By age 18 he had built his first ski jump, at Nashotah, Wis., and had begun Marine aviation training. ("I hate the government, with their give us 52%, but by God, I'm for my country and my flag, right?") His training was cut short by the Armistice, and so were the Pabst fortunes; in October 1919 Prohibition came into being. The brewery went to near beer, and the farm went to dairy production in a big way. Pabst went to the University of Wisconsin, where he organized the first midwestern intercollegiate ski team, the Badger Ski Club. He took them east to Lake Placid and won the Marshal Foch jumping trophy. "Didn't have snow-making machines in those days," he says. "There wasn't enough snow on the big jump; we had to use the small one. Then the Easterners wouldn't give us the trophy. That's the trouble with the Easterners: the East is all there is to the country. Here's a Bostonian, knows every bottle of gin in Europe, but he doesn't know the United States west of Worcester. I'm still a Midwesterner. I wasn't accepted here in Vermont. Gotta be third generation, here, and 12 kids won't do it. So I gave up after I had three, right?"
Pabst finished up at Wisconsin, spent a year at Harvard Business School and went back to Wisconsin to set up a statistical department in the brewery, and whet the edge of a surprisingly keen, analytical mind. "Plotted a curve on everything from coal and oil costs to number of trips a beer case took in and out of the plant," he says. "Got so I was saving fifty-a-hundred thousand bucks every time I picked up a pencil. Gee, that was fun, right? Helped out later on, too. You never get rich in the ski business."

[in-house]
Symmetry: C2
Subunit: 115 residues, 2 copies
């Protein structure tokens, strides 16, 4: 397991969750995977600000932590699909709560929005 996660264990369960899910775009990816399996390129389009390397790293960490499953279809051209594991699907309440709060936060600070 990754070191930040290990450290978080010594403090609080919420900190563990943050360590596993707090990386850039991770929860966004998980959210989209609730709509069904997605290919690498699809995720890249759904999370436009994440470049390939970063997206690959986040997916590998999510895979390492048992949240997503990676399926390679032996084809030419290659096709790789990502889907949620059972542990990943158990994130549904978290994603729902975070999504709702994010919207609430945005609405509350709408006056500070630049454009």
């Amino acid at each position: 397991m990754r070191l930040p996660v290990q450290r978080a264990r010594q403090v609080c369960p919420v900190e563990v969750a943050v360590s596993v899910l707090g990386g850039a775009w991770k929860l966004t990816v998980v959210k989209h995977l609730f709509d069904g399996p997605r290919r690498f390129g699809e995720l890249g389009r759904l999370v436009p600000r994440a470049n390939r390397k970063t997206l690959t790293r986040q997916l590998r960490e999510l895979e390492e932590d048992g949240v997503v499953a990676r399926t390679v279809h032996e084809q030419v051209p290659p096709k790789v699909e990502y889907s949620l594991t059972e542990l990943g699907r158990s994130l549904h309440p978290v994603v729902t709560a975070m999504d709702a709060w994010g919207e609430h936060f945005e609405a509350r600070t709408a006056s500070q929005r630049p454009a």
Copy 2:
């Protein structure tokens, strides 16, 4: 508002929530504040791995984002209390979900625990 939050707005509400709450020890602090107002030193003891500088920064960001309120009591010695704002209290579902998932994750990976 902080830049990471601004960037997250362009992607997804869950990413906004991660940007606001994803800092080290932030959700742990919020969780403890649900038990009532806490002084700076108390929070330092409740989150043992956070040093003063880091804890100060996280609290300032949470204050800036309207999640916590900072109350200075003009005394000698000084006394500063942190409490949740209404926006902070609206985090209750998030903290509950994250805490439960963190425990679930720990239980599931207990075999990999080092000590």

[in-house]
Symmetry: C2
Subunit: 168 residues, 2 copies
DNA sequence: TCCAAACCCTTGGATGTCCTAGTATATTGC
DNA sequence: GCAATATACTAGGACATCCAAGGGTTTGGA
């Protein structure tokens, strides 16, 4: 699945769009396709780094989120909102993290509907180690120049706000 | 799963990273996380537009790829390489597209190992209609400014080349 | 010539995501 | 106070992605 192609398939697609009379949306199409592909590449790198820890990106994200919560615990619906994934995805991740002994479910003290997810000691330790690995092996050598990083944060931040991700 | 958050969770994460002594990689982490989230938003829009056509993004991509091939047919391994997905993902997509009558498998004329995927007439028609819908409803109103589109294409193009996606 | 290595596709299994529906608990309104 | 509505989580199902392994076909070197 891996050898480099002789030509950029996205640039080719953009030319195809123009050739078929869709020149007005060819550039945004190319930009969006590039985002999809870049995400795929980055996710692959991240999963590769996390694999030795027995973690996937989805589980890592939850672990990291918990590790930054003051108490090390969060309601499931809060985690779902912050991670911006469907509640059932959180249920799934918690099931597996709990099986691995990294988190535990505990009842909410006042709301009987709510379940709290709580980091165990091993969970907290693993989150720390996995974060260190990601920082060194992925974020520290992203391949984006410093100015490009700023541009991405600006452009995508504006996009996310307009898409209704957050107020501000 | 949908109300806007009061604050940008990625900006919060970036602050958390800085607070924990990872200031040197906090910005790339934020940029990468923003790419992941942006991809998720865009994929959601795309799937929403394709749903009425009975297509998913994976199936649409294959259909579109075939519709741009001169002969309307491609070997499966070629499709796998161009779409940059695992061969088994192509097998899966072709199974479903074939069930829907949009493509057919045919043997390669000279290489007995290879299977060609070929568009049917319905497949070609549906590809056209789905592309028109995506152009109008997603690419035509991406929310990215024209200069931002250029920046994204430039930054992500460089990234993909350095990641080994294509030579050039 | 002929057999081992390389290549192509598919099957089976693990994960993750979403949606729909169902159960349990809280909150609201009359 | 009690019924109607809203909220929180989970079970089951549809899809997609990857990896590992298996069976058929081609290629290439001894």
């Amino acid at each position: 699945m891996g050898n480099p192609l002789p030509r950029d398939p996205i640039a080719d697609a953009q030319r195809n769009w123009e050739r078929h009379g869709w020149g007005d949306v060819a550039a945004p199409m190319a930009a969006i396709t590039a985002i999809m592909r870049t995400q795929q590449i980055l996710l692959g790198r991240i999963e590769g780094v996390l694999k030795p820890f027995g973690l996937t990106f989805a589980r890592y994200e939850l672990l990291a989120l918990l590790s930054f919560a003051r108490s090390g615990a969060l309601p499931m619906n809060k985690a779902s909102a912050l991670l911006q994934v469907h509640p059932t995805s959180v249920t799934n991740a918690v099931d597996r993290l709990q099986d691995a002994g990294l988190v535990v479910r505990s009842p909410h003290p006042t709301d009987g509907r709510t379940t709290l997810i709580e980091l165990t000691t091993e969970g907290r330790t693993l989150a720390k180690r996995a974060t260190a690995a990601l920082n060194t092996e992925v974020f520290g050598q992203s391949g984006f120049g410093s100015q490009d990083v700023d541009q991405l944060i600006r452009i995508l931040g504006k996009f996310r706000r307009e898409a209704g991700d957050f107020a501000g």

Pabst, rich or not, was Milwaukee society, and the strictures of that society were becoming oppressive. In 1926 he packed off to Norway on the pretext of learning to ski-jump.
Pabst was a big man, an outdoors-man, and the confines of an office were too much. Finally, seven years later in 1933, he left the company completely, went back to Europe, and got an idea. "Why not build my own ski area, right?" he says, "Hell, lots of reasons why not, but nobody knew them at the time." He packed up again, this time to Alaska, then down through the Rockies, and along the West Coast. He was looking, but what he found was a problem he wishes he had today. "Too much snow," Pabst says now. "Didn't have the equipment to move it; the stuff hadn't been invented yet."